In a word - they COACHED. Martin and Michelle COACHED. They MADE the weekend. They got assistance from Meghan and Lee Ann, but they COACHED. They had clipboards with lap splits. They had a Race Plan for EACH RIDER. They had SEPARATE CONTAINERS OF FOOD AND DRINK. They had us keep our wrappers in our pockets, and when we came in for Pit Stops, they pulled the wrappers, replaced them with more food, and then counted the calories consumed. They recorded average power, average lap splits, Ounces of hydration, etc. They kept me cool with 1-Gallon bags of ice that had the corners nipped, so that when the stuff melted, it would melt down over my back. They replaced my helmet. They replaced a wheel that I felt was giving me too much trouble as the wind grew. They secretly counted the minutes between their athletes and their athletes competitors, and knew when to challenge us, and when to remain silent. They were positive. They took the longer-distance cyclists and put them down on a cot so they could sleep. They TIMED the sleep. They RECORDED the sleep. When a cyclist came in with a bleeding elbow, they pulled out a full med kit and helped calm the athlete while wrapping it up. They were the leaders, the managers, the coordinators, the cheerleaders. They sacrificed mental and physical energy and sleep so that WE could compete. They made it so that ALL we had to do was just... Ride.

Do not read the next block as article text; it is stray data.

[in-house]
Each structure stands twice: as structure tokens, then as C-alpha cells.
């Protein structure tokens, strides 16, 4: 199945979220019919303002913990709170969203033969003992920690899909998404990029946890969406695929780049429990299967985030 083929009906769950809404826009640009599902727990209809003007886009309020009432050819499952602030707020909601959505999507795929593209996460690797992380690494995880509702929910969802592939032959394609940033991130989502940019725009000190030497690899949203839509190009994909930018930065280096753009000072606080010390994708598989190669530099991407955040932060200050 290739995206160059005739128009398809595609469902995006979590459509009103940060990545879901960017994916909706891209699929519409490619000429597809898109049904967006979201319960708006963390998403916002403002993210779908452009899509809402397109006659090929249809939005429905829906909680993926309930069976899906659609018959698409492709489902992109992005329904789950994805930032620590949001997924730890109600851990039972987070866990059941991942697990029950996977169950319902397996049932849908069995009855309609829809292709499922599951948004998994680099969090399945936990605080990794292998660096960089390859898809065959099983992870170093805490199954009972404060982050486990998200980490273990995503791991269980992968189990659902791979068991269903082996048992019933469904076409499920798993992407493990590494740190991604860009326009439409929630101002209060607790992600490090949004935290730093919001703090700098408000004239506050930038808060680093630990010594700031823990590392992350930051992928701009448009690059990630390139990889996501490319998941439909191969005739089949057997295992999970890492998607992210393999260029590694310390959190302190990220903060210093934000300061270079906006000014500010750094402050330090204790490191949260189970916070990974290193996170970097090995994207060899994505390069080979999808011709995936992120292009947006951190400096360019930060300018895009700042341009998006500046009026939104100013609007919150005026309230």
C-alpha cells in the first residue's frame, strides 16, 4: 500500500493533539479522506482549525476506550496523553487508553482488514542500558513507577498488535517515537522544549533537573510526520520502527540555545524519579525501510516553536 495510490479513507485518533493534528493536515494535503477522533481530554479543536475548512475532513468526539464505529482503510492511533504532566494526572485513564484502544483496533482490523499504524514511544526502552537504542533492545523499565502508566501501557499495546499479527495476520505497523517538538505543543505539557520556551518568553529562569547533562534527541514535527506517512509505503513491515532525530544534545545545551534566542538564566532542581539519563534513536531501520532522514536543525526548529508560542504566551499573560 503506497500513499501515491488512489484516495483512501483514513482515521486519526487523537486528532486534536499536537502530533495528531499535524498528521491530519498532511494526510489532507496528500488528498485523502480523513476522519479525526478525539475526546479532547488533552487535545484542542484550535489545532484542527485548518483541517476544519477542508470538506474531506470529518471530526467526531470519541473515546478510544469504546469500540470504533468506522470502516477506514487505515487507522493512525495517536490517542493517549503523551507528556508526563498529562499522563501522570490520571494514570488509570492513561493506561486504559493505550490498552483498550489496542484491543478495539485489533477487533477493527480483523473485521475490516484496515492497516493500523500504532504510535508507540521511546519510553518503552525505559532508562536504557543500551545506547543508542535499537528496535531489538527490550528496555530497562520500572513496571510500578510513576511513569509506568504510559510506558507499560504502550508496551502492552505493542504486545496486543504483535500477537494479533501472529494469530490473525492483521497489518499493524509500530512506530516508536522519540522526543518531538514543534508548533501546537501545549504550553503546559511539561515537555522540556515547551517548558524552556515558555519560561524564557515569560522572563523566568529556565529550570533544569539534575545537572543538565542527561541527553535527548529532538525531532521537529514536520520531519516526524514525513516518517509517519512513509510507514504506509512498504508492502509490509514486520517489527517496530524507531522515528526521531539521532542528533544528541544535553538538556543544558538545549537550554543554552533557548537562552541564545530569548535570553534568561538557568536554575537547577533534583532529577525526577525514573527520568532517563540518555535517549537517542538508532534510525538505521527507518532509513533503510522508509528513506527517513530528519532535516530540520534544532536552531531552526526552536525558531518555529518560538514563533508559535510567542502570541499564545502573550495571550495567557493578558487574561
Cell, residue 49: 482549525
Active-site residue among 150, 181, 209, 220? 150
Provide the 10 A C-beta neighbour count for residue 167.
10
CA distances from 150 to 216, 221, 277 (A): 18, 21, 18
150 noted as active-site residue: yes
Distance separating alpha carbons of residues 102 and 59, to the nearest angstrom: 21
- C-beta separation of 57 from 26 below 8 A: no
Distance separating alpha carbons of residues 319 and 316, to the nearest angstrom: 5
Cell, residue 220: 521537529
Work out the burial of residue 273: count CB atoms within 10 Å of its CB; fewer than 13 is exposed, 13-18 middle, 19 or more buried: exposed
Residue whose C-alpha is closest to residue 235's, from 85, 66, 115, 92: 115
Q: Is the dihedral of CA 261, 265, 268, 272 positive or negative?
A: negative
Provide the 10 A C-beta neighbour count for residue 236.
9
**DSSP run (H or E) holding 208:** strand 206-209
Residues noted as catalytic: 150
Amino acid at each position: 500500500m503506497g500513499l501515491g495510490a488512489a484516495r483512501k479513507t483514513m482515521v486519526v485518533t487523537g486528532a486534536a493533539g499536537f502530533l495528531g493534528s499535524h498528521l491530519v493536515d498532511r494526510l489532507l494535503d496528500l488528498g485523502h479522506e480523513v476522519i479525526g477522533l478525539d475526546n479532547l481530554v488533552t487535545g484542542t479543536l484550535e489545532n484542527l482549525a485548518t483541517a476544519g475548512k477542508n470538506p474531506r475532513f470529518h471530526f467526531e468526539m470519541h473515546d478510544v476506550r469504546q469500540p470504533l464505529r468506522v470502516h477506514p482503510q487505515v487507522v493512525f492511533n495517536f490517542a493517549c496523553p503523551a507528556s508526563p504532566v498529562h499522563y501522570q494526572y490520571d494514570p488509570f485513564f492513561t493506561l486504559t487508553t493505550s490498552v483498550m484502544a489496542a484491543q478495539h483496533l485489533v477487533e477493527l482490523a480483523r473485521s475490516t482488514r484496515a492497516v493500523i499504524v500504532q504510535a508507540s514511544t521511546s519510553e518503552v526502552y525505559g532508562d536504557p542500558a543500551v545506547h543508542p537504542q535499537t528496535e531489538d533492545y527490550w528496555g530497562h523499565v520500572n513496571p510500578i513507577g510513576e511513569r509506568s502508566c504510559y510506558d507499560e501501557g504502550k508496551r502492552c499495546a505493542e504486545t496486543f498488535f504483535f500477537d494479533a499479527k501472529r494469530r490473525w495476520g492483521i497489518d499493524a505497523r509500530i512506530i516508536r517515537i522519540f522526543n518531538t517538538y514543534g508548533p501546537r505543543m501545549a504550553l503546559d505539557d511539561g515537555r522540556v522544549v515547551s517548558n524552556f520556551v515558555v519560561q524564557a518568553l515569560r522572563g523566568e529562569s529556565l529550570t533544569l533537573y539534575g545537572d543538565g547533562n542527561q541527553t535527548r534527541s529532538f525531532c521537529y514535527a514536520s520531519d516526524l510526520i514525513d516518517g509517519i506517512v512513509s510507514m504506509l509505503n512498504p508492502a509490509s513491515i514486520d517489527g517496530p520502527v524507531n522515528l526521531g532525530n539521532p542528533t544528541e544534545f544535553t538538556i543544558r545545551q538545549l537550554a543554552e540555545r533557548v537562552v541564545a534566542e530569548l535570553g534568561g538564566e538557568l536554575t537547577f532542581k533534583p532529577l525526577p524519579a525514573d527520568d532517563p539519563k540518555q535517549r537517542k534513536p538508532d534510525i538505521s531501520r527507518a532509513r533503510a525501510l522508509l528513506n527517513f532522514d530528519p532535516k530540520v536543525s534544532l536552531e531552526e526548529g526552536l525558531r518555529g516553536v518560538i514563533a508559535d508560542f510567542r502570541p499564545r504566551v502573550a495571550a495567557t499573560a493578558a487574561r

I've been a professional coach since 1993, and have spent many a time in their position, but this may have been the first time in recent history that I truly was on the receiving end of something so powerful. Michelle, Martin, Meghan, Lee Ann, and several others transferred that energy to myself and the other competitors, and in the end, it wasn't just my victory. It was a TEAM victory - I just pedaled.
So here's to the CYCLING CENTER DALLAS TEAM. Thank you for being such great crew and coordinators, thank you for COACHING me through this, and thank you for ALL you've done over the years to make this weekend so successful. A famous quote from Dr. Charles Garfield, a well known Sports Psychologist is, "It's not the night before that matters, but ALL of the nights before that." Martin, Michelle, Meghan, Lee Ann, the Race Directors, and many, many others, made this weekend successful, and it was their consistency and preparation that made the difference. I remain grateful, and I am flattered to have been YOUR athlete and student this past weekend. Here's to MANY, MANY more success stories, with you as Cycling Center Dallas athletes, AND Coaches.